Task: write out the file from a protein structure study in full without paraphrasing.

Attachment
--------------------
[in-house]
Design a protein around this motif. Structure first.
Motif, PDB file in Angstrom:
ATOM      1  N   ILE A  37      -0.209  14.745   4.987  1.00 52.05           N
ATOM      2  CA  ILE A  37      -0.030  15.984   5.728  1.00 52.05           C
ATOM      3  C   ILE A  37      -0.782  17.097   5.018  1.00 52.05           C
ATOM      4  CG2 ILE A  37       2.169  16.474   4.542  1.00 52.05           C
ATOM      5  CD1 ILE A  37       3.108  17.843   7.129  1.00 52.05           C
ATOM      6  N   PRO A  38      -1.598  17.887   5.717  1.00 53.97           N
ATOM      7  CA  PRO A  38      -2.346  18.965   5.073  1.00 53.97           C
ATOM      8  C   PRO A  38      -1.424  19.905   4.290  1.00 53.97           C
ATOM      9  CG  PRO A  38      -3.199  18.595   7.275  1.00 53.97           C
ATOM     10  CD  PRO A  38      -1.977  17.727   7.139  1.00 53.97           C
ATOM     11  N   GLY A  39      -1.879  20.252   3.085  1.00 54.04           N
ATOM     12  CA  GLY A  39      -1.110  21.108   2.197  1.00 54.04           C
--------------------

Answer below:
[in-house]
Design a protein around this motif. Structure first.
Motif, PDB file in Angstrom:
ATOM      1  N   ILE A  37      -0.209  14.745   4.987  1.00 52.05           N
ATOM      2  CA  ILE A  37      -0.030  15.984   5.728  1.00 52.05           C
ATOM      3  C   ILE A  37      -0.782  17.097   5.018  1.00 52.05           C
ATOM      4  CG2 ILE A  37       2.169  16.474   4.542  1.00 52.05           C
ATOM      5  CD1 ILE A  37       3.108  17.843   7.129  1.00 52.05           C
ATOM      6  N   PRO A  38      -1.598  17.887   5.717  1.00 53.97           N
ATOM      7  CA  PRO A  38      -2.346  18.965   5.073  1.00 53.97           C
ATOM      8  C   PRO A  38      -1.424  19.905   4.290  1.00 53.97           C
ATOM      9  CG  PRO A  38      -3.199  18.595   7.275  1.00 53.97           C
ATOM     10  CD  PRO A  38      -1.977  17.727   7.139  1.00 53.97           C
ATOM     11  N   GLY A  39      -1.879  20.252   3.085  1.00 54.04           N
ATOM     12  CA  GLY A  39      -1.110  21.108   2.197  1.00 54.04           C